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Australia condemns Ugandan and Nigerian anti-gay bills

Australian lawmakers voted on Friday to condemn a bill in Uganda which would see gays jailed for life and a Nigerian law which would see same-sex marriage made an actual crime
Senator Sarah Hanson-Young

The Australian Senate has passed a motion condemning anti-gay laws before the parliaments of Uganda and Nigeria.

The motion was put forward by Greens party Senator Sarah Hanson-Young and passed ‘on the voices’ – meaning that support in the chamber was such that no vote count was needed.

‘It is genuinely horrifying that there are Governments in this world that want to punish and imprison people simply for being who they are,’ Senator Hanson-Young said following the vote on Friday.

‘The Australian Parliament has condemned the bills in both Uganda and Nigeria and I call upon the Government to do all it can diplomatically to urge those nations to remove these disgraceful pieces of legislation.

‘While more needs to be done to create equality in Australia, we are lucky to live in a country where people can feel safe in being themselves.’

The motion read, ‘the Senate notes with grave concern the Anti-Homosexuality Bill in Uganda, re‑tabled in 2012, which would increase the penalties imposed in Uganda for homosexuality.’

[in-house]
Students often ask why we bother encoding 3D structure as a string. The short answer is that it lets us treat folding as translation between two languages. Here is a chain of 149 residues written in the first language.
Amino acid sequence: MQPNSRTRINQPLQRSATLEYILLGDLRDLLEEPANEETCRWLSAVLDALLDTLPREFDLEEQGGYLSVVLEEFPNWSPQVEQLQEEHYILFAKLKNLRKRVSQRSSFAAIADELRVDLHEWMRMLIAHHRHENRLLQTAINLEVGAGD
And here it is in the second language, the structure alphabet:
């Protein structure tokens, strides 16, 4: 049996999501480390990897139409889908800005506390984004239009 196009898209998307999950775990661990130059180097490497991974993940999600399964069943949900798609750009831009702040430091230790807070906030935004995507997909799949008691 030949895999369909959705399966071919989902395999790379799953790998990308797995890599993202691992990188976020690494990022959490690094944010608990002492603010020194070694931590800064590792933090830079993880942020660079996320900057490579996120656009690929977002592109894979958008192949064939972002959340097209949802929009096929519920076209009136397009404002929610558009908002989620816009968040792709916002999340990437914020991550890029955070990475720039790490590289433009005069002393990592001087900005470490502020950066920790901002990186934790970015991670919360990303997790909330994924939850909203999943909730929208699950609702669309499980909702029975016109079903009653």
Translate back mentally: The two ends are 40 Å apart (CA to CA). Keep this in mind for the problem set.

‘[The Senate] notes with grave concern the Same Sex Marriage (Prohibition) Law in Nigeria, passed by Nigeria’s parliament but not yet signed into law, which prohibits same sex marriage and civil union by imposing penalties including imprisonment of 14 years, and prohibits the activities of gay couples and organizations by imposing penalties including imprisonment of 10 years.

‘[The Senate] supports the Australian Government continuing to urge the governments of Uganda and Nigeria to uphold the human rights of lesbian, gay and transgender people in accordance with their commitments under international law.’

There are mixed reports over whether the Ugandan bill still contains a death penalty clause.

The news comes on the back of 15,000 people in the UK making their opposition known to the Ugandan Government in just 24 hours through a campaign organized by Amnesty International.

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